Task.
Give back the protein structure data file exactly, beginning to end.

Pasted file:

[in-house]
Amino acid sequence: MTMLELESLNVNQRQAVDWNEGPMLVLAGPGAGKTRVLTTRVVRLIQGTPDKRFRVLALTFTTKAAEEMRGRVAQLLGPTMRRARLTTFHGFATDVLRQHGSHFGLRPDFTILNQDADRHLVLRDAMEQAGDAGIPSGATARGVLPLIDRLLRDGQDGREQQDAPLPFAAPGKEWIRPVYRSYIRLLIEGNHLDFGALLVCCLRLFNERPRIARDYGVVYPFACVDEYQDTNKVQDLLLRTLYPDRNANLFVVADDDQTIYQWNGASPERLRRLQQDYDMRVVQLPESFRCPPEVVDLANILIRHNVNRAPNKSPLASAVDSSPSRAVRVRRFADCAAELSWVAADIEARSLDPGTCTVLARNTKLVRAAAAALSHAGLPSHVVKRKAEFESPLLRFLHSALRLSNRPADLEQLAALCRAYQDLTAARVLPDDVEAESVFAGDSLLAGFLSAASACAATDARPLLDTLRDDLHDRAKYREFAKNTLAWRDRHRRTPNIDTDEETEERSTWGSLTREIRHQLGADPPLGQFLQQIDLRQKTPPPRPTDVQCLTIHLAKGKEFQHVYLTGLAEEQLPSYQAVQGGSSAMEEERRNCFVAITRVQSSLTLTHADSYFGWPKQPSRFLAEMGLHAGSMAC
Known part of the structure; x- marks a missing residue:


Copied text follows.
[in-house]
Amino acid sequence: MTMLELESLNVNQRQAVDWNEGPMLVLAGPGAGKTRVLTTRVVRLIQGTPDKRFRVLALTFTTKAAEEMRGRVAQLLGPTMRRARLTTFHGFATDVLRQHGSHFGLRPDFTILNQDADRHLVLRDAMEQAGDAGIPSGATARGVLPLIDRLLRDGQDGREQQDAPLPFAAPGKEWIRPVYRSYIRLLIEGNHLDFGALLVCCLRLFNERPRIARDYGVVYPFACVDEYQDTNKVQDLLLRTLYPDRNANLFVVADDDQTIYQWNGASPERLRRLQQDYDMRVVQLPESFRCPPEVVDLANILIRHNVNRAPNKSPLASAVDSSPSRAVRVRRFADCAAELSWVAADIEARSLDPGTCTVLARNTKLVRAAAAALSHAGLPSHVVKRKAEFESPLLRFLHSALRLSNRPADLEQLAALCRAYQDLTAARVLPDDVEAESVFAGDSLLAGFLSAASACAATDARPLLDTLRDDLHDRAKYREFAKNTLAWRDRHRRTPNIDTDEETEERSTWGSLTREIRHQLGADPPLGQFLQQIDLRQKTPPPRPTDVQCLTIHLAKGKEFQHVYLTGLAEEQLPSYQAVQGGSSAMEEERRNCFVAITRVQSSLTLTHADSYFGWPKQPSRFLAEMGLHAGSMAC
Known part of the structure; x- marks a missing residue: